The Canon RF 15-35mm F2.8L IS USM lens follows on from the Canon EF 16-35mm f/2.8L III USM, although the extra millimetre at the wide end gives a notable gain in the angle of view. And it's not just filmmakers using full-frame EOS R System cameras that benefit.
"For the Super 35mm Canon EOS C70 user, this lens gives the equivalent angle of view of a standard zoom," explains Mike. "The camera's electronic stabilisation works co-operatively with the lens's Image Stabilizer as well, giving you an enhanced level of stability."
When you need to go wider on the EOS C70, reach for the Canon RF 10-20mm F4L IS STM. This groundbreaking professional ultra-wide zoom is the widest full-frame lens with a fixed aperture. It's also the first zoom of its kind to offer either autofocus or image stabilisation. The RF 10-20mm F4L IS STM opens up new opportunities for shooting video in confined spaces or adding impact to exterior shots, particularly when paired with a full-frame camera such as the EOS R5 C.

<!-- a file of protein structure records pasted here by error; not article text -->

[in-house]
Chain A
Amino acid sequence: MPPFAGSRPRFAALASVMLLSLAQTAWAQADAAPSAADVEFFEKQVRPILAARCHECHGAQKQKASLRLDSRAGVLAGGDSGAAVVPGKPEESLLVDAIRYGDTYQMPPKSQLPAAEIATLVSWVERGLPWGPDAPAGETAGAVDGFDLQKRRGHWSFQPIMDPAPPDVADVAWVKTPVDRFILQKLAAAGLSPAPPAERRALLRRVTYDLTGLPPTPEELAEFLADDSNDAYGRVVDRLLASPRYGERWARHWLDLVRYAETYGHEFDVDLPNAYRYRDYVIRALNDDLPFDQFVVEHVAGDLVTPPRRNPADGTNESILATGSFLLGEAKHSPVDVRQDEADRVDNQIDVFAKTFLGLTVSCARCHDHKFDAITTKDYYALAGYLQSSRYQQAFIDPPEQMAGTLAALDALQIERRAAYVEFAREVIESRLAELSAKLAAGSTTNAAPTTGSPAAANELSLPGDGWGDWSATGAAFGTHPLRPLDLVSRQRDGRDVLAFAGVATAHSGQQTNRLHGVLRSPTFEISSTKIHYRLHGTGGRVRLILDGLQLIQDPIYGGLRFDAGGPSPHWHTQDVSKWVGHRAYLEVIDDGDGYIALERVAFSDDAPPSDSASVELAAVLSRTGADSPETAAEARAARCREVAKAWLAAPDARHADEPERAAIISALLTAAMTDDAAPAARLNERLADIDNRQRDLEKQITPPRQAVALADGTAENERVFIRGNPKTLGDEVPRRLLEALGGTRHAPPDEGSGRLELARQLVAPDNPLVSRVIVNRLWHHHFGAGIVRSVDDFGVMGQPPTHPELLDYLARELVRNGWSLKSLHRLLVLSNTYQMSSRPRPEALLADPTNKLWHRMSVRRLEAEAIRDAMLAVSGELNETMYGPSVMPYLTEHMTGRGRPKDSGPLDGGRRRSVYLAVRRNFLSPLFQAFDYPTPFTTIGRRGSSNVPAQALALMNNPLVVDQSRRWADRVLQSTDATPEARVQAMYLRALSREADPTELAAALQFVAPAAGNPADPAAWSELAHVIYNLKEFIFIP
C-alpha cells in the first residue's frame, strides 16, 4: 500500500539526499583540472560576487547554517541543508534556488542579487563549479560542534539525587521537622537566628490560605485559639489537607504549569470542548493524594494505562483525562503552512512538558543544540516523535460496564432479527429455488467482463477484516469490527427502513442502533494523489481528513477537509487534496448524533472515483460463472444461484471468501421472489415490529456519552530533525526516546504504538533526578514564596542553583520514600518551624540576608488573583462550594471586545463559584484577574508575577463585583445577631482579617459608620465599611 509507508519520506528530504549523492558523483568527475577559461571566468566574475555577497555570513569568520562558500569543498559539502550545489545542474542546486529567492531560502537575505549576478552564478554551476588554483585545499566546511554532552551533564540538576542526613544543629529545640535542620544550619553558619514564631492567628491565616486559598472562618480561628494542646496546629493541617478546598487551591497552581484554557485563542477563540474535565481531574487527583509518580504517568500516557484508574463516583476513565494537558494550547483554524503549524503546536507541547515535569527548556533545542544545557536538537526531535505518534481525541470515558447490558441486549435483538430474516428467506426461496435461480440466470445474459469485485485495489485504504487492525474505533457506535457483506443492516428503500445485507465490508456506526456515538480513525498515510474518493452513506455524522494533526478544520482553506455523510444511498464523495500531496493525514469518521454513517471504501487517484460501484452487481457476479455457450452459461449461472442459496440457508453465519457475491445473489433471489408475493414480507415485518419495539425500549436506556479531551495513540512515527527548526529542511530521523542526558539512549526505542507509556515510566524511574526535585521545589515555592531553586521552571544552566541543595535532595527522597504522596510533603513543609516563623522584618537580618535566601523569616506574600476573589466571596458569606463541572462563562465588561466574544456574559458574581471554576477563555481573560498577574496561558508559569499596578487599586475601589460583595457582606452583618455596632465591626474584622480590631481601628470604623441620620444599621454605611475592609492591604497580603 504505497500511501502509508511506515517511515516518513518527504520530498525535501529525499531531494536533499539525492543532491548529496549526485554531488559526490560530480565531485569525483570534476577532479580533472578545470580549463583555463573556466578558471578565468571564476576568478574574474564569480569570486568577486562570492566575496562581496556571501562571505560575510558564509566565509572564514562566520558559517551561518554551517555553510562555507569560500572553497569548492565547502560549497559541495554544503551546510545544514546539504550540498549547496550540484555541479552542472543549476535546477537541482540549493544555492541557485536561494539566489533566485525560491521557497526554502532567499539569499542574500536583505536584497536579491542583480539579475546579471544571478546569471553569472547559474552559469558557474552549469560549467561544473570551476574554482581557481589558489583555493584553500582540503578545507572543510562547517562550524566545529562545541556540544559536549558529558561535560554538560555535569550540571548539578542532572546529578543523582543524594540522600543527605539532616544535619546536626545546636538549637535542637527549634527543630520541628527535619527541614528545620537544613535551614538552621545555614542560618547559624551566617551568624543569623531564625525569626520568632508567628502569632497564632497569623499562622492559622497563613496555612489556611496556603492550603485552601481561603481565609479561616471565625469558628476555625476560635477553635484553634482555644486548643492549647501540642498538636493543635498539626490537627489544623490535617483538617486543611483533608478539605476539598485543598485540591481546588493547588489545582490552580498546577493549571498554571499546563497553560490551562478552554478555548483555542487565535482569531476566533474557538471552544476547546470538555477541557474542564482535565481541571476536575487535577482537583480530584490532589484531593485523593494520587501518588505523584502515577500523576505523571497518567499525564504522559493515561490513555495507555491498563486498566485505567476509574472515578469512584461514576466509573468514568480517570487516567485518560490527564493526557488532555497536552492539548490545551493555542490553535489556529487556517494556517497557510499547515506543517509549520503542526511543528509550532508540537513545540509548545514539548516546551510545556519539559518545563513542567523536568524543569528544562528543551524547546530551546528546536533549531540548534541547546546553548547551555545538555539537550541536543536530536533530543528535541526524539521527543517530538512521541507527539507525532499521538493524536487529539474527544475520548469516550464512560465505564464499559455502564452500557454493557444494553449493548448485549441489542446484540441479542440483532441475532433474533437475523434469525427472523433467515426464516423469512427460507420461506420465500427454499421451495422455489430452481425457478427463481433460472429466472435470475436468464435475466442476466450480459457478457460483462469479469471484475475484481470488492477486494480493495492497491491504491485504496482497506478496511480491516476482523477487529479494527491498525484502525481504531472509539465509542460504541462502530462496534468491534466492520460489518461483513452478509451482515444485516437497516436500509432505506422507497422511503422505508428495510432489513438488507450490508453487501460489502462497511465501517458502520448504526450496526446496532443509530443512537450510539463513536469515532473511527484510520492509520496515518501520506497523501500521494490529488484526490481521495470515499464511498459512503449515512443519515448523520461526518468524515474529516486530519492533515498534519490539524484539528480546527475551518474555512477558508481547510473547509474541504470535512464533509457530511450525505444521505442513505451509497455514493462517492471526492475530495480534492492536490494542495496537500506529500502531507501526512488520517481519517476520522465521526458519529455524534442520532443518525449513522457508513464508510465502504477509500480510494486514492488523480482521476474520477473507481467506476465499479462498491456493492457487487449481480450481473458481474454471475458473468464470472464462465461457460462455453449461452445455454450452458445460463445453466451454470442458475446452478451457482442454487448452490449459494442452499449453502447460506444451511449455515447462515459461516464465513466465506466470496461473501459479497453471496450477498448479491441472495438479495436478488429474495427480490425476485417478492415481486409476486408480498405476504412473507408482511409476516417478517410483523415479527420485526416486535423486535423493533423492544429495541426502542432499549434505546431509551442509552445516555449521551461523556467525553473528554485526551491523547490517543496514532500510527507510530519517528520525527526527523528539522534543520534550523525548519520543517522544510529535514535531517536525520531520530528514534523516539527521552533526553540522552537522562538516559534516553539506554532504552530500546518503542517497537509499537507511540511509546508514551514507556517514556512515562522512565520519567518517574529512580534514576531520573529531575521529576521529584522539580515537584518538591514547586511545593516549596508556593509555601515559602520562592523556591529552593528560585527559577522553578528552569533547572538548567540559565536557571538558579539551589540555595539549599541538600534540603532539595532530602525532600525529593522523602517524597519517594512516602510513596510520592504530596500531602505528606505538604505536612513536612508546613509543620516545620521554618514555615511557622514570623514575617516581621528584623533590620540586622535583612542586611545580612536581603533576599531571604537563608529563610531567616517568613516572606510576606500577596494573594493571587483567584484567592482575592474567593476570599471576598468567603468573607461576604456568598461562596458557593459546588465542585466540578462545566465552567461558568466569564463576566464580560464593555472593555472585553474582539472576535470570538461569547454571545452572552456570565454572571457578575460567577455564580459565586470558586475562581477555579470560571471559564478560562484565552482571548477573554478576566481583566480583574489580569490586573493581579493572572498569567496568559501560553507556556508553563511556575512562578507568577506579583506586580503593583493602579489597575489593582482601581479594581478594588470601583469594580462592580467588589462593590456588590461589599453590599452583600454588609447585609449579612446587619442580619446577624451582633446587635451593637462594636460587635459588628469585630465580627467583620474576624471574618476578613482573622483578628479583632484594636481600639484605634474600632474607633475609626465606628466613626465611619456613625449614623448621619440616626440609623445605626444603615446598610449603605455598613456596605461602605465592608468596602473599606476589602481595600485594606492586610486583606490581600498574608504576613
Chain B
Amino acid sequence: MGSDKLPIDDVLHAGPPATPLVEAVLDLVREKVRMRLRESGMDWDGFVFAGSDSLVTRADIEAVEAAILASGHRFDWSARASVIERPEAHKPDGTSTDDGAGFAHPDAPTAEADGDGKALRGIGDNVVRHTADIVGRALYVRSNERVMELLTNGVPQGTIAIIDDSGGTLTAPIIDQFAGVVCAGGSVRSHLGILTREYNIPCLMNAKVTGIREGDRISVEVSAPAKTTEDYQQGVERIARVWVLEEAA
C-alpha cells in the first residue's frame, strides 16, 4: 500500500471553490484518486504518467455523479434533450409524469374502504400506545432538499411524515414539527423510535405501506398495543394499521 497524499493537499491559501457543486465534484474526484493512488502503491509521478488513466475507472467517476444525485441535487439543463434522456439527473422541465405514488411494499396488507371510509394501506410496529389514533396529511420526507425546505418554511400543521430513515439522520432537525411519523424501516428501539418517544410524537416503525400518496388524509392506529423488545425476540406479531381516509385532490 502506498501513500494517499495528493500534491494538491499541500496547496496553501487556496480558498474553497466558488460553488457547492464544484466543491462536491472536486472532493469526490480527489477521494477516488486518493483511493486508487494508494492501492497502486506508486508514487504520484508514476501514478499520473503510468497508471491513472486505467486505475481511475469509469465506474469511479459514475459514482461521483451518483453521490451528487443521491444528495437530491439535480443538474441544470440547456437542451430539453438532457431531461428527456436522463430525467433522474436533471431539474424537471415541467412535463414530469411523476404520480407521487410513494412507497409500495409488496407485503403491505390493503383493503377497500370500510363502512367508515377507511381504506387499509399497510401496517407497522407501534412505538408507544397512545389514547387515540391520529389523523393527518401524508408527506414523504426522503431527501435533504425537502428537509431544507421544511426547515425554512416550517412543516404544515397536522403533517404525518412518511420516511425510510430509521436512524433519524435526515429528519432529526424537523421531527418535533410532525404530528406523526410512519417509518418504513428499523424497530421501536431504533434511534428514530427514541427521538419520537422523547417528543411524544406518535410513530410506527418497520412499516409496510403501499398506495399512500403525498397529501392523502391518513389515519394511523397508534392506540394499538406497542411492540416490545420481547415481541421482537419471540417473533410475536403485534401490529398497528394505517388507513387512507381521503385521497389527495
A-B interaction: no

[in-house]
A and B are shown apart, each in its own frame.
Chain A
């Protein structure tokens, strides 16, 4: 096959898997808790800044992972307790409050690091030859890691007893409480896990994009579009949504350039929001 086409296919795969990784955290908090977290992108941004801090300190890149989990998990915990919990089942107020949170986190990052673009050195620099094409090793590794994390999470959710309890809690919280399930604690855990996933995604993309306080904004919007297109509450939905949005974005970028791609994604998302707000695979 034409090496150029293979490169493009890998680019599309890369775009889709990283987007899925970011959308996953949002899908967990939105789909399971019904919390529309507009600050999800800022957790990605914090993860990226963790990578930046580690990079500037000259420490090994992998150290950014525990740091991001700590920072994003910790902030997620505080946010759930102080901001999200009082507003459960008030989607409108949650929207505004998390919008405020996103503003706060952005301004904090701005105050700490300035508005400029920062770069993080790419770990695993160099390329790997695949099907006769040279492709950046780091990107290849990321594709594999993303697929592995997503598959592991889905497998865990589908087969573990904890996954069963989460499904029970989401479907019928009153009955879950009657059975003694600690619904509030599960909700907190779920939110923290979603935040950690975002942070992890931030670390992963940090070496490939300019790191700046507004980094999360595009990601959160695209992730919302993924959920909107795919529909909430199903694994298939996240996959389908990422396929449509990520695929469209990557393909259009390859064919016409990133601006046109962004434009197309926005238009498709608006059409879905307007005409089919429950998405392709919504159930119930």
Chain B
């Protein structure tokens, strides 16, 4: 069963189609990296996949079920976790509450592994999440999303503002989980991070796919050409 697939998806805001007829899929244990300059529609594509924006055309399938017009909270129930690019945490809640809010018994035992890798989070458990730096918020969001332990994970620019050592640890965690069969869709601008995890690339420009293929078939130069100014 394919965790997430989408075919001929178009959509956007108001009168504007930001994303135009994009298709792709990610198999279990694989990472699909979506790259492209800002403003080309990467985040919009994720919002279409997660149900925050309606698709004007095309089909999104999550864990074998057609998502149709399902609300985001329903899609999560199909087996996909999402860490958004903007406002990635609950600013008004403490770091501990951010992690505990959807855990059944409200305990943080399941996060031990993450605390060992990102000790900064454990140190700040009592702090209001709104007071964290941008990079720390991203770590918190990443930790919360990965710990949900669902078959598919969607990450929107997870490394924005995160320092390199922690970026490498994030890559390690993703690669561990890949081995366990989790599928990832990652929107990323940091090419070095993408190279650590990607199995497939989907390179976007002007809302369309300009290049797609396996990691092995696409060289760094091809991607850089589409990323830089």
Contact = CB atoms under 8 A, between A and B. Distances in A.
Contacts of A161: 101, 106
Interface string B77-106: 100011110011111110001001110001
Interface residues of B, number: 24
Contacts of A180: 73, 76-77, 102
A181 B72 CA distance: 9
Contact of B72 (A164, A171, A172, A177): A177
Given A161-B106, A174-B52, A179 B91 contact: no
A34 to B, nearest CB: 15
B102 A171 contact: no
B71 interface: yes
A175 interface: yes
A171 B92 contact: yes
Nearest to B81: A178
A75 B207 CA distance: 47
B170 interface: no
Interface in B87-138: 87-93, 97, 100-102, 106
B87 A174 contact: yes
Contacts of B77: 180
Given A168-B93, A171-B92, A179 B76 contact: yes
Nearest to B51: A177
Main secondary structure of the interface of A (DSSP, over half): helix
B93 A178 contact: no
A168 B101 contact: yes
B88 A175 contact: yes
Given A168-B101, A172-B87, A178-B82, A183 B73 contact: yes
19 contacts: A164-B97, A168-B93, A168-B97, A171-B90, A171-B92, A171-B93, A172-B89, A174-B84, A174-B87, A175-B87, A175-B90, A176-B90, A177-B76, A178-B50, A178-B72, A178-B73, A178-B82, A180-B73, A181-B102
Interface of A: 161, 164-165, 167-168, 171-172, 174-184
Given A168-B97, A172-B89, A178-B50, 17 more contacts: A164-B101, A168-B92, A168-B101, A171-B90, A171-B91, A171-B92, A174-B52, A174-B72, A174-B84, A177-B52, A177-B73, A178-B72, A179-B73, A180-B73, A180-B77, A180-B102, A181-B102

"To achieve this extreme focal length in the past, you would have had to use a retrofocus system and place all the optics further from the sensor," says Mike. "But the RF mount allows us to position the optics closer to the sensor, so we don't have to bend the light as much. The basic formula is much simpler in design, and most of the complex optics we've added are there to deal with the aberrations that often happen with such wide-angle lenses.
"There's only a single element focusing group, which means that we've also been able to use an STM [Stepping Motor] for the first time in an L-series lens. STM technology is very good for video because it's so smooth and quiet. The STM unit in the RF 10-20mm F4L IS STM is more advanced than those in our entry-level lenses, so, rather than having to recalibrate, the lens stays at the same focusing distance when you turn the camera off and back on again. It also supports Full-time Manual focusing override.
"Another benefit for filmmakers is the new type of Image Stabilizer that we have developed for this lens," Mike adds. "Peripheral Coordinated Control IS is designed to reduce the wobble that can sometimes be seen in the corners of a wide-angle video shot on a camera with IBIS. That wobble is caused by perspective shift – the same effect that you get if you look up and down at a tall building. We've been able to combine the IS systems in the camera and the lens to fix that."